A: If you want to leave your surveillance camera public accessible but want to remove it from this site send the URL of your camera to email from contacts section. But remember that your camera still will be available to all internet users that use surveillance camera search software and sites like .The only solution to make your camera private is to set up a password!

As of May 4, it was longer linking to the Cape Breton camera.

Kris Klein, a privacy lawyer in Toronto, had this to say:

You don’t know who was looking at them,” Klein said. “It’s not to say that they were necessarily doing anything wrong, it’s just the fact that they had their own personal image broadcast and made available to the public at large via these shady characters.

Appeal to emotion aside, the feed was available only because the school board’s own IT staff didn’t read the manual. With accurate reporting of the issue, one realises the school board employees that set up the camera, are the “shady characters” whom made the broadcast public.

Trusting people on the internet.

sdfsdfsdfsdf By evan on May 29, 2016

An issue;

Who do you trust on the internet? It’s a simple question, with a horrendously complex answer.

Some of the key underpinnings of the internet like DNS and Certificate Authorities are trust based. You believe that isn’t impersonating the real google because GeoTrust vouched for them. They believe Google because someone submitted a request from (yes that’s a bit of an oversimplification but accurate in most cases)

You can’t really trust DNS, at least, without something like DNSSEC. It also leaks a lot of information, like a list of every single website you’ve ever visited. Worst case scenario someone could man-in-the-middle a Certificate Authorities DNS provider and get certs for anything by ‘proving’ that they’re really In short, yes, the CA’s that you trust to vouch for people themselves trust DNS, something with no encryption or validation or verification in any way shape or form.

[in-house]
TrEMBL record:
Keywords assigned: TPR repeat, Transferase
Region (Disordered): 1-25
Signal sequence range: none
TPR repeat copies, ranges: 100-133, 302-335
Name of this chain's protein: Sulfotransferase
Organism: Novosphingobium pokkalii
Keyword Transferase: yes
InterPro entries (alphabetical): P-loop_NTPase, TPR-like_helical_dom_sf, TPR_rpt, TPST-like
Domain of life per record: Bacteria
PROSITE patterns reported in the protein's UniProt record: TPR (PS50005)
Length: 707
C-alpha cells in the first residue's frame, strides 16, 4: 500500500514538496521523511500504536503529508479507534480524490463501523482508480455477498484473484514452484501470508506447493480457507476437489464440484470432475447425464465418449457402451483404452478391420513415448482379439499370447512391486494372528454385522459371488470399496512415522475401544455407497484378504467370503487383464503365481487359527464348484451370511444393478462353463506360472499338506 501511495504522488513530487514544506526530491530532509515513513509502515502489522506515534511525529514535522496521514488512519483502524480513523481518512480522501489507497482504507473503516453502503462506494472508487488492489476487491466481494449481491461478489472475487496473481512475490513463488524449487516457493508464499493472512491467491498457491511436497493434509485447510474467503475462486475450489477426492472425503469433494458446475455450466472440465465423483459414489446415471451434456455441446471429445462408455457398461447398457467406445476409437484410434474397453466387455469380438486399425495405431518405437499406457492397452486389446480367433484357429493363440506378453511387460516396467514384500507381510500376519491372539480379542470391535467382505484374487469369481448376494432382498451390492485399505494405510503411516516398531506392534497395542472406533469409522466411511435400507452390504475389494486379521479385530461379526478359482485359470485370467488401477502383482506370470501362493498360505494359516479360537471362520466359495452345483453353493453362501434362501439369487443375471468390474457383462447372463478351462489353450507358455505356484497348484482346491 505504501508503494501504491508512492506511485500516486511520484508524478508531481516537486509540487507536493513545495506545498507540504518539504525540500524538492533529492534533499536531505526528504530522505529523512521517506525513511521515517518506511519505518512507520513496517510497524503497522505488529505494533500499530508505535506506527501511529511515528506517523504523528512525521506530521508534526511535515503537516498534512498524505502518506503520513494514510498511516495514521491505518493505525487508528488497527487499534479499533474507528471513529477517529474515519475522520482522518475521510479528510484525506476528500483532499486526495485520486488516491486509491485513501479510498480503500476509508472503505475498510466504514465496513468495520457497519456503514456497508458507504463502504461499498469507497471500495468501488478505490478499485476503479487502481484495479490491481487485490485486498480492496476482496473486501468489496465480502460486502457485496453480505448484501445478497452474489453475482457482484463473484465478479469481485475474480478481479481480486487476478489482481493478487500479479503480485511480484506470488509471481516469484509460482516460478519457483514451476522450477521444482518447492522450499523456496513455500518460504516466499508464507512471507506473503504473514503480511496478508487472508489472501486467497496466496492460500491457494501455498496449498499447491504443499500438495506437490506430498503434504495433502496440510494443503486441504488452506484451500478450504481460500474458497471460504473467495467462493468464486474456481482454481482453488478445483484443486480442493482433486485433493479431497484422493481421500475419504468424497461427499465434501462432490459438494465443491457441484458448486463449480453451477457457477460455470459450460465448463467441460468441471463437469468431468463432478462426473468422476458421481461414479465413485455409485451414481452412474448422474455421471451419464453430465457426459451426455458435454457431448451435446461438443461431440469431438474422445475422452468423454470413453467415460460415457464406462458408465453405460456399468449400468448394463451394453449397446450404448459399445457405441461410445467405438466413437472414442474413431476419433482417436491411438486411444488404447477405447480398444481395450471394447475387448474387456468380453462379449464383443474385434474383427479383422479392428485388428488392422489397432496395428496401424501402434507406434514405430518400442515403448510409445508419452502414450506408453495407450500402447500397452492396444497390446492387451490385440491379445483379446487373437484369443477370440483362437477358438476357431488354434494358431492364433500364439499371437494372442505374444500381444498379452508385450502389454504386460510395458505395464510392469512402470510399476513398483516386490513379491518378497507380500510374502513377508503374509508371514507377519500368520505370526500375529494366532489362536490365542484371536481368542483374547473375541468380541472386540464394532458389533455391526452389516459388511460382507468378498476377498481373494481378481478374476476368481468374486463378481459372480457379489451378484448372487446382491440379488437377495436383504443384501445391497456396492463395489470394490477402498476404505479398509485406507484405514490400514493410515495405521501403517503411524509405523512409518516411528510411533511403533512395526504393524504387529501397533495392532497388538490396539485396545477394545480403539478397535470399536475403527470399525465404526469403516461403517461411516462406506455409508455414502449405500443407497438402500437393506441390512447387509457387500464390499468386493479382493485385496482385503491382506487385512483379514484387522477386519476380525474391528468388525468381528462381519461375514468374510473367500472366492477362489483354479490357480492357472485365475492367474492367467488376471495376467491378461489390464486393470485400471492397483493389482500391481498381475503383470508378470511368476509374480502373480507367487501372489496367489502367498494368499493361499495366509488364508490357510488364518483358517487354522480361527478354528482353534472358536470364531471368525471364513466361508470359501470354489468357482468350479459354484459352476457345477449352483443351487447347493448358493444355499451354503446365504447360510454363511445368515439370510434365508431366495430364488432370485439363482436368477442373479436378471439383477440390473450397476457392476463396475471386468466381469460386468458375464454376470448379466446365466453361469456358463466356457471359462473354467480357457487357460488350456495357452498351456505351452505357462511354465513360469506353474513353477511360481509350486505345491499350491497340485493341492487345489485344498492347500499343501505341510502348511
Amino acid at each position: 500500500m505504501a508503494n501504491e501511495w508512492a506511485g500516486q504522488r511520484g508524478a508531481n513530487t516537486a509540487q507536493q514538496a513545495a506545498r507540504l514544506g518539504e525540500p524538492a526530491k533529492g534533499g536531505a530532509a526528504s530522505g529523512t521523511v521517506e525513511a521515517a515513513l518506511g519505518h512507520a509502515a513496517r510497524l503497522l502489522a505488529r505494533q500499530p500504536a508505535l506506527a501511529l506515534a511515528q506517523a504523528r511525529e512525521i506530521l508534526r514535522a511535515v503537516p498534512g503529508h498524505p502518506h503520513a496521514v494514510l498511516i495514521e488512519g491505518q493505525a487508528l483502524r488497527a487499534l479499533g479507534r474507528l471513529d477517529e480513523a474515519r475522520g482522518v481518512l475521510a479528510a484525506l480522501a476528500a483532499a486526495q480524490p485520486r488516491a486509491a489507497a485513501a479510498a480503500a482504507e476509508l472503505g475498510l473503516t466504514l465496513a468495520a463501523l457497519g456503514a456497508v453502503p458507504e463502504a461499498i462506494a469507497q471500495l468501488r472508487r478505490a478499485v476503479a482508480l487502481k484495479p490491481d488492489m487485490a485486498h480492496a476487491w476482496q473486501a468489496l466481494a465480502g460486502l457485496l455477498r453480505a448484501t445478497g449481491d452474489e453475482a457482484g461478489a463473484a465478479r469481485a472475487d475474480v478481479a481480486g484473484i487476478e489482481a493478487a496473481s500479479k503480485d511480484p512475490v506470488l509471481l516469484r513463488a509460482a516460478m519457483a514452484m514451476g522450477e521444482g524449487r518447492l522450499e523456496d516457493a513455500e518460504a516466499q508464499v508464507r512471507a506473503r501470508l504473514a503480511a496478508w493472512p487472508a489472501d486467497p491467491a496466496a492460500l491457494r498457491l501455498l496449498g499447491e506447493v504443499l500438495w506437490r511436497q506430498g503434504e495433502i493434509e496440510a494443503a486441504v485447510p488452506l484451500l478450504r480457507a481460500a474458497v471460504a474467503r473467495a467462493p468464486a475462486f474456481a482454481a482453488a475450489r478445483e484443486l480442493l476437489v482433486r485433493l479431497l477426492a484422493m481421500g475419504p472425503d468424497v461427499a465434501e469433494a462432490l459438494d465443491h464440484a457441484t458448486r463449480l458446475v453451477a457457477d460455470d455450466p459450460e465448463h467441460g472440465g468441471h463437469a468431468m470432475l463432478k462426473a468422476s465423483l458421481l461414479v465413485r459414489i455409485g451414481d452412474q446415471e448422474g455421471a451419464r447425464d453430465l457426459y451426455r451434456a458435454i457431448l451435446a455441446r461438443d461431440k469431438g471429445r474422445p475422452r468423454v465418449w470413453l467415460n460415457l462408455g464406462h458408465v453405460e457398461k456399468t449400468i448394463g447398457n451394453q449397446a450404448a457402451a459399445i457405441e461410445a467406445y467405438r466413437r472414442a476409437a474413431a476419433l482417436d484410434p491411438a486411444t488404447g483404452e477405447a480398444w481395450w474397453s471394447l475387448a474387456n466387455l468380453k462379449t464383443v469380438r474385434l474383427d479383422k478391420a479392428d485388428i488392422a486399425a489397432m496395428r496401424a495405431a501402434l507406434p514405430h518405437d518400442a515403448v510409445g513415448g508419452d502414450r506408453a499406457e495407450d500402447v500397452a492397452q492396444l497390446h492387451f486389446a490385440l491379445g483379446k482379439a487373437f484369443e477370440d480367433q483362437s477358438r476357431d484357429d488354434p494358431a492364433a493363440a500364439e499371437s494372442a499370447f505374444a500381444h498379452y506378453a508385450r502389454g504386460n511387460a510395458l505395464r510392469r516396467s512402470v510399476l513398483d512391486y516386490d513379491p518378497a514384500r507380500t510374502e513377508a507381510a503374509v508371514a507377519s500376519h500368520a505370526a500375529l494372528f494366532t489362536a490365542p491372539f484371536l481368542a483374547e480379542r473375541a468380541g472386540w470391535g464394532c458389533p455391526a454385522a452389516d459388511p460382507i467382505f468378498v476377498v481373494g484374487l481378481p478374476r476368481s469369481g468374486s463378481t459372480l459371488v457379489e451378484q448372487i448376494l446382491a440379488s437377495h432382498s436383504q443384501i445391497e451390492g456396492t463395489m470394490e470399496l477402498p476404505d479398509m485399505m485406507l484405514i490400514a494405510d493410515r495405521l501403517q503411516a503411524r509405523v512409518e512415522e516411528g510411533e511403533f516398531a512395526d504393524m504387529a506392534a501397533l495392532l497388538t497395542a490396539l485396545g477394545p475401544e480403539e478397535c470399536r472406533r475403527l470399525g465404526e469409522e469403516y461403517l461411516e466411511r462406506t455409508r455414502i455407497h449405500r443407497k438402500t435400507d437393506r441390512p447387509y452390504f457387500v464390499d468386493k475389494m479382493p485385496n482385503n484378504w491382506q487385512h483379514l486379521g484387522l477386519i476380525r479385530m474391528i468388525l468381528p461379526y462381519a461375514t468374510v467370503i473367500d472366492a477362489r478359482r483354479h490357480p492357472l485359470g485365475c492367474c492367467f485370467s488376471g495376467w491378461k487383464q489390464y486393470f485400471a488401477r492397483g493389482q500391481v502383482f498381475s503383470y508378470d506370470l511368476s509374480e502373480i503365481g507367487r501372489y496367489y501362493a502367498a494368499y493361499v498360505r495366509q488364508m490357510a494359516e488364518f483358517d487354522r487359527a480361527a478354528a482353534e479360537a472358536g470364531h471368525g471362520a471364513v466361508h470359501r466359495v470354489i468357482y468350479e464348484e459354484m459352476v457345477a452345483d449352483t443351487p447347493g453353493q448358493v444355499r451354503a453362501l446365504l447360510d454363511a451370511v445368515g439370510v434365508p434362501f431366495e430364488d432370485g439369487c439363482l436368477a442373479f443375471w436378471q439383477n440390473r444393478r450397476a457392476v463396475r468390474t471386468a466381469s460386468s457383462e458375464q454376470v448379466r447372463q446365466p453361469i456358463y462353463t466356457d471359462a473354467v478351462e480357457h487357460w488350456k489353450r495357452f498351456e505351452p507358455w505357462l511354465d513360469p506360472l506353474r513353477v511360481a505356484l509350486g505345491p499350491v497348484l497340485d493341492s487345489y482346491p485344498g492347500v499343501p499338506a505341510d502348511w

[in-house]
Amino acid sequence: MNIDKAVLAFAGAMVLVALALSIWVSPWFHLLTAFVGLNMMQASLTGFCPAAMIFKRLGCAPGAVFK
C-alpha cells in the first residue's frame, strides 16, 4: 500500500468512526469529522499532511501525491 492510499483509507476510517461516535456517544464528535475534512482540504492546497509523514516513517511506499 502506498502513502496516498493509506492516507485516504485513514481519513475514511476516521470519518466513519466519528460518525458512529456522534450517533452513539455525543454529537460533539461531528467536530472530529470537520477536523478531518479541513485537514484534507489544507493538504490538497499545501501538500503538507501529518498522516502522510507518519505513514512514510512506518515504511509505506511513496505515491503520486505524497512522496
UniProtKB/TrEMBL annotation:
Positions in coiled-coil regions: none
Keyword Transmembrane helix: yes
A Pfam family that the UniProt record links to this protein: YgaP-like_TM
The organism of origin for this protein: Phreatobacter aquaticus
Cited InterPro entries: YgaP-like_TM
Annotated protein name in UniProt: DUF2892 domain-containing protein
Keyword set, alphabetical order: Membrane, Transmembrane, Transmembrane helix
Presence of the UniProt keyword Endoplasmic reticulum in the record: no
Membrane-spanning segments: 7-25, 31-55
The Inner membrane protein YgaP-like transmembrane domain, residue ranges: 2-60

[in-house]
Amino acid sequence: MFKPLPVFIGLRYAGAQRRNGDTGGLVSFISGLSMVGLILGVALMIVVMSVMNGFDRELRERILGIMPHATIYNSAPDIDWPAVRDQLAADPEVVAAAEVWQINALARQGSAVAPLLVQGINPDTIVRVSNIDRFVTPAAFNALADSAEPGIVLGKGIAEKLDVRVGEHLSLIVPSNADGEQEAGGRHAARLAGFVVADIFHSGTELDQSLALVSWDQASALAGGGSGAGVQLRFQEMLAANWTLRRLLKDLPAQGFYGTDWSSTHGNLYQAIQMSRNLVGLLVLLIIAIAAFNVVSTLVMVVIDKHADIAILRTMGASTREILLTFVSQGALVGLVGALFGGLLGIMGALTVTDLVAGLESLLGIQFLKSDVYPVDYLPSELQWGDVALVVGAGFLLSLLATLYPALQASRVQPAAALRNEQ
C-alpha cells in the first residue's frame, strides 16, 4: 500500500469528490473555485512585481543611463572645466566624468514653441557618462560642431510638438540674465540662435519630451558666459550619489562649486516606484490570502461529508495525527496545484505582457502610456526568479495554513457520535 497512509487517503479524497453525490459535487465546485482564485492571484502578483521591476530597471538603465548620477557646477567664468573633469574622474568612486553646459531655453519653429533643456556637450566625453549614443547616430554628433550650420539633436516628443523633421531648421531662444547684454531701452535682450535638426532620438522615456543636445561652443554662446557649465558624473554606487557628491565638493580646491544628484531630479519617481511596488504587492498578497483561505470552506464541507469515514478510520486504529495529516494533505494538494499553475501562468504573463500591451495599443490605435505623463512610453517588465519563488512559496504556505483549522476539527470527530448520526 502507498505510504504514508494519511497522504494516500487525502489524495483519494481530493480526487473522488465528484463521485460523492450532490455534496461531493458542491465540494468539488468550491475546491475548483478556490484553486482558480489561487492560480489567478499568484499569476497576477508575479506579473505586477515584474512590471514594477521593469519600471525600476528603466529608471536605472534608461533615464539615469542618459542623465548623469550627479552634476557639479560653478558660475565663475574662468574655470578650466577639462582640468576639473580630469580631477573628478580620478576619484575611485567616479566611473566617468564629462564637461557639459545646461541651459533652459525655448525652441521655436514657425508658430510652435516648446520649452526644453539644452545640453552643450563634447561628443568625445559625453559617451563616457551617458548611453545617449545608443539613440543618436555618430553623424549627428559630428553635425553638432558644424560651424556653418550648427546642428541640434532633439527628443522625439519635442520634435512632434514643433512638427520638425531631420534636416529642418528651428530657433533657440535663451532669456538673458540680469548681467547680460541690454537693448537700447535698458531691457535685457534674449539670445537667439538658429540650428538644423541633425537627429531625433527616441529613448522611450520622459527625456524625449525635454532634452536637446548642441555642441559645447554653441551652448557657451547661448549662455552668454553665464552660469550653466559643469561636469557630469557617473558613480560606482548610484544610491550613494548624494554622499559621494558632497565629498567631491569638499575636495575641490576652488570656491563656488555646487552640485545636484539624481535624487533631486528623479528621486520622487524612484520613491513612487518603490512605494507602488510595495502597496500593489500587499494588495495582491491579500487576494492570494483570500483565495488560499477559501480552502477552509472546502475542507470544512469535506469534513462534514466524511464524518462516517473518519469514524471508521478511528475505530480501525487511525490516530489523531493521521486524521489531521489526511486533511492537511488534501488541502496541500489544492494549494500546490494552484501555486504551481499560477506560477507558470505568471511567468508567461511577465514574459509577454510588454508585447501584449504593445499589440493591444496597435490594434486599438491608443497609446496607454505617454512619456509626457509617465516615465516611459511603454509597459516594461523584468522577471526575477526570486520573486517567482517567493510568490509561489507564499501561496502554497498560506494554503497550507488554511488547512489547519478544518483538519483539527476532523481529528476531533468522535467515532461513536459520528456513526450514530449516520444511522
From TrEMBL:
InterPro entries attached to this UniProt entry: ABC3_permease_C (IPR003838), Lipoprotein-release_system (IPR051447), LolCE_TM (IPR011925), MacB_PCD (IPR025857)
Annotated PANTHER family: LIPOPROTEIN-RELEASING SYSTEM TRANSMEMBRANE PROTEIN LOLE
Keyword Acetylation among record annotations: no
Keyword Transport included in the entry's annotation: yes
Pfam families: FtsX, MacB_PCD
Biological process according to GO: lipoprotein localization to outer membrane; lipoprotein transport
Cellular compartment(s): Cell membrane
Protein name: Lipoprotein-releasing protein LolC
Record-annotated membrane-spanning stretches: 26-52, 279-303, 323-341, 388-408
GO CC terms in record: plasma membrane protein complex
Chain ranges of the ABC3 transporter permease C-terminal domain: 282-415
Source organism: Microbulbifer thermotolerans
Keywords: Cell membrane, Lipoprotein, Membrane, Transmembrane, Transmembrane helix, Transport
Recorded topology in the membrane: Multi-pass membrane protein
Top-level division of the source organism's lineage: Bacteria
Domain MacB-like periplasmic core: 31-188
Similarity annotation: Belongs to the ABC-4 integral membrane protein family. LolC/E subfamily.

This would be fine if all the big players were trustworthy. You can trust the CA because a vendor vouched for them (or their friends); And of course, vendors are always trustworthy. Yes, that is sarcasm.

Faith might be a better word than trust.

After the BlueCoat news, I started thinking about how the internet would look without faith. That is, instead of the implicit belief that any given agent/actor/person is trustworthy, simply have them prove whatever it is you want to know. There’s also the pesky issue of expiry dates being abused for revenue generation, but I digress.

A good place to start thinking about this is Tor hidden services. It’s an entire encrypted network, without any external DNS provider, without any external CA, but it still allows you to prove you’re talking to someone and that you’re talking to the same someone every time. The problem is that Tor is anonymous by design which is awesome if you want to buy drugs on the internet (that’s a fair statement, if incomplete), but for any tangible transactions I need to *prove* who the other person is and hidden services explicitly prevent that (unless you’re at https://facebookcorewwwi.onion which is a whole other issue.) Tor also has root servers, though very resilient, are still root servers.